Your phone rings. It’s a local number but you don’t recognise it. Do you answer it? Many people have stopped answering calls from unknown numbers. Robocalls have become a symbol of digital overload; people are losing trust in the telecoms industry and in the companies who engage in automated cold calling.
It’s not just cold calls. Social media is also responsible for an overwhelming volume of unwanted communication. Messages, alerts and push notifications are constantly popping up, turning smartphones and tablets into an irritation.
If you are a marketing exec, you need to find a different way of engaging with customers and building trust in your brand. Thankfully there is a better way; two-way conversations. Digital ones. Here we examine some of the trends in the way digital technology can improve customer communication.
Caller ID protocols
The STIR protocol adds digital information to the call so that the origin of the data can be identified. This doesn’t stop a call agent from spoofing a number or caller ID, but it allows points along the call route to determine whether they are authentic.
The use of STIR and its companion SHAKEN is progressing in the USA and Canada. In the UK, OFCOM has published a consultation  to promote trust in telephone numbers. It emphasises that implementing STIR must be a priority for telecoms providers.
This will allow a customer to answer a call with confidence that it is coming from the business or person it claims to be.
Choosing the right channel
In 2019, the average open rate for campaign emails  in the UK was 17.5%, down slightly on 2018. However, the click-through rate increased massively, from 0.9% in 2018 to 2.4%. Marketers found better ways to capture attention and encourage subscribers to visit their websites.
By comparison, political campaigns  showed a reverse trend with emails either not arriving, or being delivered in a secondary tab. Campaigning has moved to social media.
In the UK 2019 election, the campaign was conducted on YouTube, Twitter, Facebook and Instagram, The Conservatives, although spending only half as much as Labour, achieved 10% more engagements. They used two key tactics:
– Targeted advertising based on broad categories that would be seen by non-Tory voters
– Two full-day YouTube campaigns that would be seen by every visitor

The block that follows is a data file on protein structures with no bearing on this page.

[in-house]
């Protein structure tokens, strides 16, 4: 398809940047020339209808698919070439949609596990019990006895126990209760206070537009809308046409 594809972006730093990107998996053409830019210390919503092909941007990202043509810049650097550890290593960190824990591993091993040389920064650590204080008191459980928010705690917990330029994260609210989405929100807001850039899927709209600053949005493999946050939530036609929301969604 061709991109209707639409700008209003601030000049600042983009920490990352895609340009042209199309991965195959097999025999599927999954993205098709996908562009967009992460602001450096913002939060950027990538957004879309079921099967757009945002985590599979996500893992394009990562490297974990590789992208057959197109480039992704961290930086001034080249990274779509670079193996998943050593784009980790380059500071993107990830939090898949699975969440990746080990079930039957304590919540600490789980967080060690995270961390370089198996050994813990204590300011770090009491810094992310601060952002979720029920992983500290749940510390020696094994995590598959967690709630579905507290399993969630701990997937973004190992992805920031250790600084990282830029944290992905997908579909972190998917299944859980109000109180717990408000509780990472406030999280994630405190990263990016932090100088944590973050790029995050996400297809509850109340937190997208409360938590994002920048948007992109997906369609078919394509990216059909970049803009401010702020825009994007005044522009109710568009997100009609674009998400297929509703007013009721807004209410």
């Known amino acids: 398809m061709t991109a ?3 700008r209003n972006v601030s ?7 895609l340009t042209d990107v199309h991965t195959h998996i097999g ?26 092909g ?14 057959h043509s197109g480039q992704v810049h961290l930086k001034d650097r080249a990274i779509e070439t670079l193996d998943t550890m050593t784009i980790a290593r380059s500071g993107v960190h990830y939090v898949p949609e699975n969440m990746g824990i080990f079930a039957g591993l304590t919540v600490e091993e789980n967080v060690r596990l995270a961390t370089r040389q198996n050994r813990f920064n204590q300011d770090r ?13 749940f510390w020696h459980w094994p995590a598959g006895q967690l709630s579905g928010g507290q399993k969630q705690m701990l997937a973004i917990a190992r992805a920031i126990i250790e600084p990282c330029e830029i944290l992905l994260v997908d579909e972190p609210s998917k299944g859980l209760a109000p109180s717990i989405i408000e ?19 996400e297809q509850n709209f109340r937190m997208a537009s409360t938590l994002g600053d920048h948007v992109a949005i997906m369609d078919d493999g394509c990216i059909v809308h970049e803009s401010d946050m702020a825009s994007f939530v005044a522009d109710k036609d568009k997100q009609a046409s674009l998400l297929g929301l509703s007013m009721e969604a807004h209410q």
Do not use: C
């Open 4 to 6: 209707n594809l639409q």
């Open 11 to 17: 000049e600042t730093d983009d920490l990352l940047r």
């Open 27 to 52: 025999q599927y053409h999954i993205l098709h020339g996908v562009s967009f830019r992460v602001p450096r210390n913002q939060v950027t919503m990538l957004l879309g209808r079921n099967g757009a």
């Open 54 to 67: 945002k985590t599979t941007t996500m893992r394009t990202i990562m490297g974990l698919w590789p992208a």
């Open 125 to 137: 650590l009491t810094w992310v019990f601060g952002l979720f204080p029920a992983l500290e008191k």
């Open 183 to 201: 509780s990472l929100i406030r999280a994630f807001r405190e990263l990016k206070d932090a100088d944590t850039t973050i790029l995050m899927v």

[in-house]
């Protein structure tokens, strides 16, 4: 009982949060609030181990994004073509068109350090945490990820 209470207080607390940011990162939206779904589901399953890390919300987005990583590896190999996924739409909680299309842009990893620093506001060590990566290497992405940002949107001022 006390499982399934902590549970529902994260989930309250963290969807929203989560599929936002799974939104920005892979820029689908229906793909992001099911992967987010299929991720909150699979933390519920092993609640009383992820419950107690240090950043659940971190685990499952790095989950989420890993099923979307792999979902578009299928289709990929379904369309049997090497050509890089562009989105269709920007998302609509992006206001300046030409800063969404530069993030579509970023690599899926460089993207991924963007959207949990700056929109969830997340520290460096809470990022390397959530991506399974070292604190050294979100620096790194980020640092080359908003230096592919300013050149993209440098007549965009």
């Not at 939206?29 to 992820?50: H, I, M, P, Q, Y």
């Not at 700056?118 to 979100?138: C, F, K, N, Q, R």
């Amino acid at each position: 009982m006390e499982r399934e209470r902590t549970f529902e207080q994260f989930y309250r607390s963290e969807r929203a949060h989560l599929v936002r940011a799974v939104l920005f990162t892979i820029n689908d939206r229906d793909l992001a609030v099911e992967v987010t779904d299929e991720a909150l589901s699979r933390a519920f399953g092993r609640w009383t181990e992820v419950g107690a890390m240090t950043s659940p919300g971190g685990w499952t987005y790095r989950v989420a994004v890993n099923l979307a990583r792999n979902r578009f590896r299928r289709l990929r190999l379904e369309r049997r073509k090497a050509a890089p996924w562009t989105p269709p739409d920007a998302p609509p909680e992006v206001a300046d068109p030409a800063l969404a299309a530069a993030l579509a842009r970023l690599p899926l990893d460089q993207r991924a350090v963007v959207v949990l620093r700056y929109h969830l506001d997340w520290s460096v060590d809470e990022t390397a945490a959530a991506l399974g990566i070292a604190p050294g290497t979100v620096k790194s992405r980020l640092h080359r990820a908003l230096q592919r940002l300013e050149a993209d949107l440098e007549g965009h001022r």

There was also widespread use of private Facebook groups and messaging through peer-to-peer networks. Members trust and engage with these channels.
Natural language understanding
With the increasing use of Amazon Alexa, Google Assistant and Facebook Portal, people have learned to trust digital assistants to answer simple questions about the weather and to carry out tasks such as setting an alarm and playing music.
As natural language understanding and AI technology improves, businesses are starting to use chatbots and virtual assistants to build a dialogue with customers. The advantages are:
– The assistant can understand dialects and accents
– It can give helpful suggestions, quickly and accurately
– It can authenticate a customer using their face or fingerprint
– It can give a personalised experience based on previous interactions and orders
Customer experience (CX) will be the ultimate test. Businesses are investing in people with the skills to harness digital technology in order to improve CX. This means understanding how customers prefer to interact and having the vision to see how this can be achieved with technology.
Hiring a marketing specialist is no longer about finding someone who can run a good email campaign. Email still has its place, but tomorrow’s marketing execs will have the skills to utilise other channels and technologies as they evolve.
The speed of change presents management teams with tremendous opportunities but also challenges finding senior digital talent. Why not contact our team at Clifford Associates to see how we can help your business to thrive in this climate.
Central London (WFH), to £300 p/d. Initial contract 3mth expected to roll.
Central London (WFH), £300 p/d. Initial 3-6mth contract. Expected to roll.
Central London (WFH), £70k
Central London (WFH), £80k + Bens
Central London (WFH), to £35k + Excellent Bens. (Freelance £250 p/d).
Central London, £45k + Excellent Bens - 6 mth FTC (expected to roll to Perm)